PS 68-70 - Biogeographic patterns of alpine soil fungal communities under woody shrub expansion

Friday, August 11, 2017
Exhibit Hall, Oregon Convention Center
Courtney G. Collins, Botany & Plant Sciences, University of California, Riverside, CA, Jason Stajich, Plant Pathology and Microbiology, University of California Riverside and Jeffrey M. Diez, Department of Botany & Plant Sciences, University of California, Riverside, CA

Climate change is altering soil microbial communities worldwide, particularly in arctic and alpine biomes where warming is accelerated. Concurrently, alpine plant communities are shifting, including the widespread expansion of woody shrubs into historically herbaceous alpine grasslands and fellfields. This is likely to have interacting effects with climate on soil microbial community structure and function, however our baseline understanding of microbial biogeography in alpine environments remains limited. Therefore, this study aims to 1) determine whether alpine soil fungi follow predictable patterns of diversity and community composition across elevation and to 2) assess the impact of woody shrub expansion on these patterns. In the White Mountains of California, Sagebrush (Artemisia rothrockii) shrubs are expanding upwards into alpine areas at a rate of 30 m/decade since 1960. We sampled soils from under and outside sagebrush canopies and from sagebrush removal plots at 3200, 3500, and 3800 m elevation, spanning the observed range expansion of A. rothrockii.  We measured environmental covariates including soil nutrients, water and pH for each sample. We extracted DNA and used fungal-specific primers of the ITS1 region for sequencing on the Illumina MiSeq platform and utilized the “Hierarchical Modeling of Species Communities” (HMSC) framework in our statistical analyses.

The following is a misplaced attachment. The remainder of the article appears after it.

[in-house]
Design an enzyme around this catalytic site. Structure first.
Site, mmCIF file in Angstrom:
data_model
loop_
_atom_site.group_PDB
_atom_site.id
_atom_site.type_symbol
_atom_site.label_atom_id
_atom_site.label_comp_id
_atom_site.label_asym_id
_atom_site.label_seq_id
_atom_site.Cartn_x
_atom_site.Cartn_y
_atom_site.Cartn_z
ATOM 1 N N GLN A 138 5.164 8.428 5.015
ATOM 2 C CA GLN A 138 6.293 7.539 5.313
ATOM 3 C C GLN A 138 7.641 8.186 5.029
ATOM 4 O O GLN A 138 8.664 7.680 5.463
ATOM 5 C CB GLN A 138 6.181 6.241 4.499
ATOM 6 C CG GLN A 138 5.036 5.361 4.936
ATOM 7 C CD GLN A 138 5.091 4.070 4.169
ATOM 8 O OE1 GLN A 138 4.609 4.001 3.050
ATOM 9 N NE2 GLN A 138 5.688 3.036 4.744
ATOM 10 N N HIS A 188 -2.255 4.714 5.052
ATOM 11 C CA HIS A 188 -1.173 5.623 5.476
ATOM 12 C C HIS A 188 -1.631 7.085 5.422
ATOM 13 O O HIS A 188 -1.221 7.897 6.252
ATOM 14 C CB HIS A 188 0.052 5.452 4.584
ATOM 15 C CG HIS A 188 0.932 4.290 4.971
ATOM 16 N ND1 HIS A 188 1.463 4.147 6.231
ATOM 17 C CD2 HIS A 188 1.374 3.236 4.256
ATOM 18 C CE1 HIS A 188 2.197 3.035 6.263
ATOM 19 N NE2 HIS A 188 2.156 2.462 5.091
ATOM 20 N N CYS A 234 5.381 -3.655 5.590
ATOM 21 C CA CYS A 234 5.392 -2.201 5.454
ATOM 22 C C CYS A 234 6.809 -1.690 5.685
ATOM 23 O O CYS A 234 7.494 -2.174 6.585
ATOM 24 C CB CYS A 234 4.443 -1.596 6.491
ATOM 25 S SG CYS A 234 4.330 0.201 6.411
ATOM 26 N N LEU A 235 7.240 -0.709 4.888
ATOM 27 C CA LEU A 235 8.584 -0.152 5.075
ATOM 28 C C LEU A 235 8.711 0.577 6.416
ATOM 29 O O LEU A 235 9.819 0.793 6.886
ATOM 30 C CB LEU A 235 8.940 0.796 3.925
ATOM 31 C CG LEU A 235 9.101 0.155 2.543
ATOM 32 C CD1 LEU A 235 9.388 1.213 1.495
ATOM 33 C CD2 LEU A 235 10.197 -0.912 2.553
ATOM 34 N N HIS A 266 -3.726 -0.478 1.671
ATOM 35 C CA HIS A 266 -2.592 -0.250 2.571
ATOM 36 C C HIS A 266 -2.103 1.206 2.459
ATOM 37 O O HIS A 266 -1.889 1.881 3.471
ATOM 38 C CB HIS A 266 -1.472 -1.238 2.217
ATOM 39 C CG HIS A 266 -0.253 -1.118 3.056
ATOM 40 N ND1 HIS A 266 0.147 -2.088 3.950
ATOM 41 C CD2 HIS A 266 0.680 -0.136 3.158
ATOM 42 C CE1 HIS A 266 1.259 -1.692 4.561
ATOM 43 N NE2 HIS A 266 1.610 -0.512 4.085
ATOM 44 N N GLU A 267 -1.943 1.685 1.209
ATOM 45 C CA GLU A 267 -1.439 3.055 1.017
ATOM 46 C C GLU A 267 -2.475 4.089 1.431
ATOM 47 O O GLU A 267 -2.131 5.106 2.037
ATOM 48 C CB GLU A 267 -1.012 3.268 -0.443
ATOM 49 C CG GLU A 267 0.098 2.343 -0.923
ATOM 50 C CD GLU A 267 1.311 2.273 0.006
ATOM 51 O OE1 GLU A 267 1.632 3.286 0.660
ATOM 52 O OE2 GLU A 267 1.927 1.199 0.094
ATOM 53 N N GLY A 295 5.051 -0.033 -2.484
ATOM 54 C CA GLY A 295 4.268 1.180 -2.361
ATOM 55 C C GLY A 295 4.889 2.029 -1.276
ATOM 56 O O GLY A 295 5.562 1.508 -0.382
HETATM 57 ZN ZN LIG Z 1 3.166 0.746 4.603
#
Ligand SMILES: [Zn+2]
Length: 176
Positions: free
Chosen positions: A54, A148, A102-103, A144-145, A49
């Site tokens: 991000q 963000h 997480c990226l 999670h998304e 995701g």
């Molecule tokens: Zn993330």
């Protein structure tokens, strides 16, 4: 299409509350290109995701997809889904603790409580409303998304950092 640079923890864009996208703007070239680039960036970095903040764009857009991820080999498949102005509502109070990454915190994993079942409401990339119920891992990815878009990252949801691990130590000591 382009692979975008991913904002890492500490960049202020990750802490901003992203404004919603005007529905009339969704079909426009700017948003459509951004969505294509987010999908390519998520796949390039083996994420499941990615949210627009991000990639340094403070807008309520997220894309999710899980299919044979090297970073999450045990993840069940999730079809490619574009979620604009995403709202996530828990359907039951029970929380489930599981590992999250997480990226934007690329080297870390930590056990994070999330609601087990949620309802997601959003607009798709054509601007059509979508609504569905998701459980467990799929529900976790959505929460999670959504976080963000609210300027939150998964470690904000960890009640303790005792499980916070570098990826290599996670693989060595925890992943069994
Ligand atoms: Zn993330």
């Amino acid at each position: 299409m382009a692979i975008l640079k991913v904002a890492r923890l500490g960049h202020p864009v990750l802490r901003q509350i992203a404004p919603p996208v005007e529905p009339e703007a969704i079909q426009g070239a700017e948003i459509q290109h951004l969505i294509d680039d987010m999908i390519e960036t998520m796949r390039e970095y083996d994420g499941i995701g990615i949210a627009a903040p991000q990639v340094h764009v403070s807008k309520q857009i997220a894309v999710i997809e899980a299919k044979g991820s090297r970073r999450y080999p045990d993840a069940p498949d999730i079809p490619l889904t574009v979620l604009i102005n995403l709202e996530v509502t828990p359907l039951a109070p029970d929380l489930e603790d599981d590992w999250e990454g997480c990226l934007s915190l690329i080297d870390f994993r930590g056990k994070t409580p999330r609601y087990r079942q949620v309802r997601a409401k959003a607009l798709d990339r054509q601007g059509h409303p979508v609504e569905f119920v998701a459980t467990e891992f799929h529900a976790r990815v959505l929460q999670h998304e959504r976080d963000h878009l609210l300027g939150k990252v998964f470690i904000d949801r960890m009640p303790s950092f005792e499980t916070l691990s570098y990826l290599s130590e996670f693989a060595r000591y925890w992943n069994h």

Fungal diversity and richness decreased significantly with elevation but not with vegetation type (shrub, shrub interspace, shrub removal). The low elevation (3200 m) site had significantly higher richness and diversity than both the middle (3500m) and high (3800m) sites. Fungal community composition (bray Curtis dissimilarity) was distinct across elevation, vegetation type, and their interaction. Shrub community composition differed from interspace and shrub removal soils and all elevation sites were significantly different from each other. Relative abundance of fungal families differed by vegetation type and elevation. Specifically, families within the Agaricomycetes were found in higher abundance in shrub and shrub removal plots as well as high elevation sites. These fungi are commonly saprotrophic, wood or litter decaying fungi. In contrast, shrub interspace soils had increased prevalence of the family Puccinaceae, a known plant pathogen of rust fungi. However, HMSC analysis revealed that environmental covariates including microbial biomass N and soil organic carbon (SOC), were equally good if not better predictors of relative fungal group abundance than either elevation or vegetation type. In addition, variance partitioning showed that the random effects of spatial variation in fungal taxa overwhelmed the explanatory power of elevation, vegetation type and environmental covariates.